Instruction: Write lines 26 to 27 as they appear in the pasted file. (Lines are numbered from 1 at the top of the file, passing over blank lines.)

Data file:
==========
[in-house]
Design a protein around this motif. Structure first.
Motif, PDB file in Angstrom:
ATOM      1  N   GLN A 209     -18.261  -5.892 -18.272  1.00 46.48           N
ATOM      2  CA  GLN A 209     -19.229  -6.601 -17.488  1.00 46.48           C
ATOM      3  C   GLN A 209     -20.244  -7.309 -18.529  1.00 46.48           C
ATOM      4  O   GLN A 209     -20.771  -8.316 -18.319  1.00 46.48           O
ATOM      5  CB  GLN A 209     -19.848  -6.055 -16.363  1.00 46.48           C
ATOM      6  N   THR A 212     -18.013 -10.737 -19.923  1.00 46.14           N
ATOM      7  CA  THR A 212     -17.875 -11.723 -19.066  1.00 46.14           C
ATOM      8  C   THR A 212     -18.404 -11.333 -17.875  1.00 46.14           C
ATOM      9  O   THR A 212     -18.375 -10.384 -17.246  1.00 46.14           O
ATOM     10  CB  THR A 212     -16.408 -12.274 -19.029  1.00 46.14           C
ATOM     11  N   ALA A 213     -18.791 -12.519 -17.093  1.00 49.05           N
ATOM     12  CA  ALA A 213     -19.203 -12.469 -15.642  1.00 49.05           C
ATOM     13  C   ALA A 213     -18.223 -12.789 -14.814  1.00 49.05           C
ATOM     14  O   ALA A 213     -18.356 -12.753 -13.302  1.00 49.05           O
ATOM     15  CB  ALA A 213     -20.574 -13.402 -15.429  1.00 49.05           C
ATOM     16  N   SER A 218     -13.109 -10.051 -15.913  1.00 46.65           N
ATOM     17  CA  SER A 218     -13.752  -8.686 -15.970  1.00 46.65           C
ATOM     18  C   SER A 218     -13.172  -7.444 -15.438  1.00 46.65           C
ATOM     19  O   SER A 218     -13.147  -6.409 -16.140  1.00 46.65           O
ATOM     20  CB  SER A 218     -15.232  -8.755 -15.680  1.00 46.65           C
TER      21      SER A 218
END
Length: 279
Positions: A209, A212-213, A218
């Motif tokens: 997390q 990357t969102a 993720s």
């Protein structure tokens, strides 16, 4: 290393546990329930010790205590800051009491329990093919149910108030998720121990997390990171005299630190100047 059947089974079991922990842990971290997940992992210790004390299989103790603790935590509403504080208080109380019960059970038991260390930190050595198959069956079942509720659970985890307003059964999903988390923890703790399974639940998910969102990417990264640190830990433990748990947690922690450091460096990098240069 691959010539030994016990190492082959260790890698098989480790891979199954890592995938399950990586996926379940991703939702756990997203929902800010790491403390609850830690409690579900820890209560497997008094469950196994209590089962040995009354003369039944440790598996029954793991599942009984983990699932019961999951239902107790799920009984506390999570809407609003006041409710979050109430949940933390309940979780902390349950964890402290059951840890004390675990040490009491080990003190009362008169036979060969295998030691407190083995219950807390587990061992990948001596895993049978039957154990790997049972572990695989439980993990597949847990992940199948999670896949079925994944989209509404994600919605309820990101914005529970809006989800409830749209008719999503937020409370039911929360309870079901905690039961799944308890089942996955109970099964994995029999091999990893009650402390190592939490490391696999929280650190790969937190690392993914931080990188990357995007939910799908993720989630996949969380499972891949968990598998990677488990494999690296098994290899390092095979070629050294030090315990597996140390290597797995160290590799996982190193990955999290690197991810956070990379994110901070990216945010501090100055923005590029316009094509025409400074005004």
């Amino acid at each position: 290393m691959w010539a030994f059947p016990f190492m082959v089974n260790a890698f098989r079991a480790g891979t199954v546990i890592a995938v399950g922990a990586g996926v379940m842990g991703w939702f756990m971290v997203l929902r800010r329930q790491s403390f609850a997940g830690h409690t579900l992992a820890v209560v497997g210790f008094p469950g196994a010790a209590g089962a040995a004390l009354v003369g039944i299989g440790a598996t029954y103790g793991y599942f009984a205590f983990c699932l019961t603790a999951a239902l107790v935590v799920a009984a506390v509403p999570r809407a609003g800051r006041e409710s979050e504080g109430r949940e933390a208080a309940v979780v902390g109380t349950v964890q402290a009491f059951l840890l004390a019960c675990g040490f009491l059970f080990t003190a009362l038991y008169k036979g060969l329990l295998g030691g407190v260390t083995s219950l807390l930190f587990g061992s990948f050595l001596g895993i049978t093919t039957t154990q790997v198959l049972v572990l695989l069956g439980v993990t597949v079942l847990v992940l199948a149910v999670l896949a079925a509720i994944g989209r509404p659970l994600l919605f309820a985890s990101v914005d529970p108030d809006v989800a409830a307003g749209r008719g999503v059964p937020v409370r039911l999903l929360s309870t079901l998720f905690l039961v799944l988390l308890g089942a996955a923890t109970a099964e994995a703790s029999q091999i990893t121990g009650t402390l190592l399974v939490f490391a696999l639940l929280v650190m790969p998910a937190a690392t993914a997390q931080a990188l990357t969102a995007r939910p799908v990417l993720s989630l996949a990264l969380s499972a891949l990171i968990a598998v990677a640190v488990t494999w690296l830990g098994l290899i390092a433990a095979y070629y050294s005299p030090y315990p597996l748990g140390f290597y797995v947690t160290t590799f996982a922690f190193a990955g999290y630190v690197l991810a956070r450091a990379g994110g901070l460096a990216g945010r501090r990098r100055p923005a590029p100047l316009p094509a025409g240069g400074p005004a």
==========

Length: 279
Positions: A209, A212-213, A218